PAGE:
Orbital Compartment Syndrome



  • Elevated intraorbital pressure, compromising blood flow to the optic nerve and globe
  • Subacute versus acute subtypes
    • Subacute orbital compartment syndrome (OCS) may be due to enlarging tumors or Graves disease (1).
    • Acute OCS may be due to hematoma or subcutaneous emphysema:
      • Permanent damage can ensue in 60 to 100 minutes of onset (2).
      • Requires immediate relief of pressure to avoid permanent blindness
This disease is a true emergency in ophthalmology.



  • Incidence after facial trauma is ~2–3%.
  • Incidence with blepharoplasty (eyelid surgery) is 0.055% (3).
  • Incidence with craniomaxillofacial emergencies is 0.088%.

Etiology and Pathophysiology

  • Expansion of tissue (Graves thyroid eye disease) or fluid (blood, edema) within a closed space. The orbit is bounded on four sides by bone and anteriorly by the orbital septum.
  • Orbit/globe
    • Decreased visual acuity due to optic nerve and vascular compression
    • Decreased movement of the globe and diplopia due to restriction of extraocular muscles
  • Neurologic
    • Acute onset of pain
  • Orbital hemorrhage, with accumulation of blood (3)
    • Posttraumatic and postsurgical retrobulbar hemorrhage are the most common causes overall.
    • Precipitating trauma does not have to be severe enough to cause fracture and can be “indirect,” from uncontrolled sneezing, coughing, Valsalva maneuver, child labor, or barotrauma.
    • Retrobulbar hemorrhage can also occur following periocular surgery, particularly when the orbital septum is breached during preaponeurotic fat excision, when there is traction on periorbital fat or when the effects of epinephrine have worn off, resulting in reflex vasodilation. It may also occur with anesthetic injections into the orbit, such as a retrobulbar block, or inadvertently during or endoscopic sinus surgery.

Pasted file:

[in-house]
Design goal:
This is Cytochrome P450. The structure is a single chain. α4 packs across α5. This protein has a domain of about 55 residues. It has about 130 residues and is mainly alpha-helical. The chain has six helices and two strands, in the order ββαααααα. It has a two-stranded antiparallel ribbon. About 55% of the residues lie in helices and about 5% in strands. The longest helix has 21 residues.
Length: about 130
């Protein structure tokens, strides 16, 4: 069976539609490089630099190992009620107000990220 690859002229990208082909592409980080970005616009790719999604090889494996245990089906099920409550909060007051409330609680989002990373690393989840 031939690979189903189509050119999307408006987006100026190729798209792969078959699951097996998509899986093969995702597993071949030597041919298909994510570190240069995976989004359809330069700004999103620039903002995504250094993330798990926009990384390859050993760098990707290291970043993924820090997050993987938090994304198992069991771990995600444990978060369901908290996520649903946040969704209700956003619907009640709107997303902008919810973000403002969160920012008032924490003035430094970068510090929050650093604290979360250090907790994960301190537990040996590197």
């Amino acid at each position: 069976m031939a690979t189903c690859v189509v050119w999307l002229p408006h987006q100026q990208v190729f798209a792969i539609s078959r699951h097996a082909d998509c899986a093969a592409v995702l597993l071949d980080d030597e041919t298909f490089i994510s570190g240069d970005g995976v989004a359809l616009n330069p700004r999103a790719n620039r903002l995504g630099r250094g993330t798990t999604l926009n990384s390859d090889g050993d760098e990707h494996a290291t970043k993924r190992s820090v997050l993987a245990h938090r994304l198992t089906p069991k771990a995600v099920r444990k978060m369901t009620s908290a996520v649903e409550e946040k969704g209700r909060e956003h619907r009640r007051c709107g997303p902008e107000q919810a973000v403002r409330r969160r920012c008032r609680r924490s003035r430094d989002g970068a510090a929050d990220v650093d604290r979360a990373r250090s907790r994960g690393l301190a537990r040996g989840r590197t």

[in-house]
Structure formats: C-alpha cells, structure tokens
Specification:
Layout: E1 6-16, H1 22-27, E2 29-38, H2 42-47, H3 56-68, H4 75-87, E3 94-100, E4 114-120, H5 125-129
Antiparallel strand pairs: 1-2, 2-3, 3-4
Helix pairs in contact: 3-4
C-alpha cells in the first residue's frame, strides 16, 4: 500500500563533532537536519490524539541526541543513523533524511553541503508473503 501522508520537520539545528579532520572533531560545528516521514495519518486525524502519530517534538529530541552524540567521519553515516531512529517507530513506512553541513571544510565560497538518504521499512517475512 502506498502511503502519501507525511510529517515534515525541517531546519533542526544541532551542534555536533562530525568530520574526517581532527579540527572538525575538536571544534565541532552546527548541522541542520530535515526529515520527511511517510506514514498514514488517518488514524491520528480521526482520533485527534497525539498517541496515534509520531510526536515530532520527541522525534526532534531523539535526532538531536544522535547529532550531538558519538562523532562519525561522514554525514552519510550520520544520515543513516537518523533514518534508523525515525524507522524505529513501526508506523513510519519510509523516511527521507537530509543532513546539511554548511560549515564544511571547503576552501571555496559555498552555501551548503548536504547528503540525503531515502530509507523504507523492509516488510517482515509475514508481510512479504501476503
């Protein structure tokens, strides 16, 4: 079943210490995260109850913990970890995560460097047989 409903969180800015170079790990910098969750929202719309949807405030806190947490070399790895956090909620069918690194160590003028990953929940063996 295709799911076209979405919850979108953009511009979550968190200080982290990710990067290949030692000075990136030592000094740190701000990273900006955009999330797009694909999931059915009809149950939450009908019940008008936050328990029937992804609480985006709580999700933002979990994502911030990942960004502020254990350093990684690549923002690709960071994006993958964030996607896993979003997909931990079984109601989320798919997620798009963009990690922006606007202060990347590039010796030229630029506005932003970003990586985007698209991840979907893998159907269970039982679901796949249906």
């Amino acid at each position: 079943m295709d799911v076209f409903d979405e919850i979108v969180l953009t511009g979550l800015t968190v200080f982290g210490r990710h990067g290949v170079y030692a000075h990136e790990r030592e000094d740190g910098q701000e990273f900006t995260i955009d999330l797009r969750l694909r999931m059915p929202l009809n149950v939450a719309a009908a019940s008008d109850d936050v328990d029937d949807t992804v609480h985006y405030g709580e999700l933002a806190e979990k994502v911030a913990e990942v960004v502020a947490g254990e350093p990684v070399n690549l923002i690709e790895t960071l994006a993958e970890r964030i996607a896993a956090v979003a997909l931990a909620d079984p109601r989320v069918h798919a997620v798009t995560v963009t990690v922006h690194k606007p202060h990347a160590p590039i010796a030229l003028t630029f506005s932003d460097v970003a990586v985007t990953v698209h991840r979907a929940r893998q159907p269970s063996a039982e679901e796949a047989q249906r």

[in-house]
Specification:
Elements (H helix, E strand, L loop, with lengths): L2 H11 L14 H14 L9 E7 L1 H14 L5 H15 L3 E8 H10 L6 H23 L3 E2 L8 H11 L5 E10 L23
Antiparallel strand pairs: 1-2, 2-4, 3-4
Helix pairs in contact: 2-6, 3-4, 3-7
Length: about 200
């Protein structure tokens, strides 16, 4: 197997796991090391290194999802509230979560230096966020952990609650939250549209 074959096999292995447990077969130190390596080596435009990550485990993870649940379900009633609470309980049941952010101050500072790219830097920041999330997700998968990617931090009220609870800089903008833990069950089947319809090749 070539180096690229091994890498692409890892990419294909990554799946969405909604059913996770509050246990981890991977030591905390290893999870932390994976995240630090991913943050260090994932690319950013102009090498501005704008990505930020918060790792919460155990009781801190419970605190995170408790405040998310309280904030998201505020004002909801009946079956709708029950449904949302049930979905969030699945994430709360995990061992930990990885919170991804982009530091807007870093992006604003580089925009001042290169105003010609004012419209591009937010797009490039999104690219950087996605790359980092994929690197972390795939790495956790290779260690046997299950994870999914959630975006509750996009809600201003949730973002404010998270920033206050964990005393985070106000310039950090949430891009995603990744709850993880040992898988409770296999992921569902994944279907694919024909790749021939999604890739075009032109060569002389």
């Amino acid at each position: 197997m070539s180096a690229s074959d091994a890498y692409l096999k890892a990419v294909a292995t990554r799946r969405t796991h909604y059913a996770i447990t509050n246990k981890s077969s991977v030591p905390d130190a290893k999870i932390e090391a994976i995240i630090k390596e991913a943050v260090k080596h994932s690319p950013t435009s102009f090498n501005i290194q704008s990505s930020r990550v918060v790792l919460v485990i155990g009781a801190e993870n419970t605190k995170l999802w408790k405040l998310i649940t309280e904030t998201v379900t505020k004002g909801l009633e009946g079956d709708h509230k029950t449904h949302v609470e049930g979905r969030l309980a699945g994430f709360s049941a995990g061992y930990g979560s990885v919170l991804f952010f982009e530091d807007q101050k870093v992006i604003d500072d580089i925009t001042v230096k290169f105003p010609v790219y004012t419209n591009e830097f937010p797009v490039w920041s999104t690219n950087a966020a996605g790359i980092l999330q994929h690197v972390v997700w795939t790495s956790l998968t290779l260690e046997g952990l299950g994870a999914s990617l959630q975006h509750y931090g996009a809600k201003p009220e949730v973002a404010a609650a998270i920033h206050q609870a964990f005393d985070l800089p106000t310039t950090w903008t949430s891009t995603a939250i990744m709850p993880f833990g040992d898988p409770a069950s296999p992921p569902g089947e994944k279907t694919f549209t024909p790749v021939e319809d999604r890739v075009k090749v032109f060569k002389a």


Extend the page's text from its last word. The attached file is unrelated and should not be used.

• Nonophthalmic surgeries can also be responsible (sinus, facial trauma surgery, orthognathic, neurosurgery).
    • Hematologic disorders may be predisposing. Up to 50% of cases occur in the setting of anticoagulant use.
  • Proptosis (e.g., as in Graves disease), with limitation of forward movement by the eyelids
  • Eyelid burns
  • Nose blowing, which can force air into the orbit, in patients with medial orbital wall or floor fractures
  • Orbital edema
    • Inappropriate packing during orbital/sinus surgery
    • Excess pressure on eye during periocular surgery
    • Intracranial surgery increases risk.
  • Intraorbital abscess
  • Orbital cellulitis (infectious or chemical)
  • Rapid growth of a neoplasm
  • Prolonged hypoxemia with capillary leak
  • Intraorbital foreign body
  • Excessive fluid resuscitation after burn injury or blood loss (2)

Risk Factors

  • Trauma (direct and indirect)
  • Coagulopathy (including blood dyscrasias, hepatitis)
  • Use of NSAIDs, antiplatelet medications, anticoagulants, thrombolytics, certain herbal medications, and corticosteroids
  • Graves disease (subacute compartment syndrome)
  • Excessive IV fluids or blood products (2)

General Prevention

  • Encourage patient to avoid facial trauma (e.g., bar fights, car accidents, contact sports), and wear protective head gear when possible (e.g., helmets).
  • Evaluate for and treat coagulopathies.
  • Limit patient’s use of NSAIDs, antiplatelet and anticoagulants, thrombolytics, certain herbal medications, and corticosteroids, especially before any craniomaxillofacial surgery.
  • Monitor Graves ophthalmopathy closely.
  • Avoid excess IV fluids, when possible.
  • Ensure close contact of patient with orbital surgeon or emergency ophthalmologic care.
  • Counsel patient to avoid blowing nose after facial trauma, particularly orbital fracture (1).

Commonly Associated Conditions

  • Graves disease
  • Coagulopathies
  • Intraorbital abscesses
  • Orbital cellulitis
  • Surgery with significant blood loss (requiring IV fluids or blood products) (2)

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